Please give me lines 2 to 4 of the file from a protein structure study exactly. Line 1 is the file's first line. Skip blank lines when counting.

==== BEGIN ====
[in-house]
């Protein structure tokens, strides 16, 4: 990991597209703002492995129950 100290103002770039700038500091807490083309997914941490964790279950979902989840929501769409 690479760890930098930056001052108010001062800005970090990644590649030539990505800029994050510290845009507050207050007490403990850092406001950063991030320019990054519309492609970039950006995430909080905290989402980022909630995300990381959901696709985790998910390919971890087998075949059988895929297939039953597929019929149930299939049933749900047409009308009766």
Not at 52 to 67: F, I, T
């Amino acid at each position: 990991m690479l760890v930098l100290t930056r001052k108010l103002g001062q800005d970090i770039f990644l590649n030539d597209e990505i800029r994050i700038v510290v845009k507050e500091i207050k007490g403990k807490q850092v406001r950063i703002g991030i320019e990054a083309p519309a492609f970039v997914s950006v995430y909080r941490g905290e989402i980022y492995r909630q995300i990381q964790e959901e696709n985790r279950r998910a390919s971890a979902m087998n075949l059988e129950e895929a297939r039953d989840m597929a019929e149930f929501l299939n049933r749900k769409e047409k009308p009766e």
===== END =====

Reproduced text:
């Protein structure tokens, strides 16, 4: 990991597209703002492995129950 100290103002770039700038500091807490083309997914941490964790279950979902989840929501769409 690479760890930098930056001052108010001062800005970090990644590649030539990505800029994050510290845009507050207050007490403990850092406001950063991030320019990054519309492609970039950006995430909080905290989402980022909630995300990381959901696709985790998910390919971890087998075949059988895929297939039953597929019929149930299939049933749900047409009308009766």
Not at 52 to 67: F, I, T
């Amino acid at each position: 990991m690479l760890v930098l100290t930056r001052k108010l103002g001062q800005d970090i770039f990644l590649n030539d597209e990505i800029r994050i700038v510290v845009k507050e500091i207050k007490g403990k807490q850092v406001r950063i703002g991030i320019e990054a083309p519309a492609f970039v997914s950006v995430y909080r941490g905290e989402i980022y492995r909630q995300i990381q964790e959901e696709n985790r279950r998910a390919s971890a979902m087998n075949l059988e129950e895929a297939r039953d989840m597929a019929e149930f929501l299939n049933r749900k769409e047409k009308p009766e």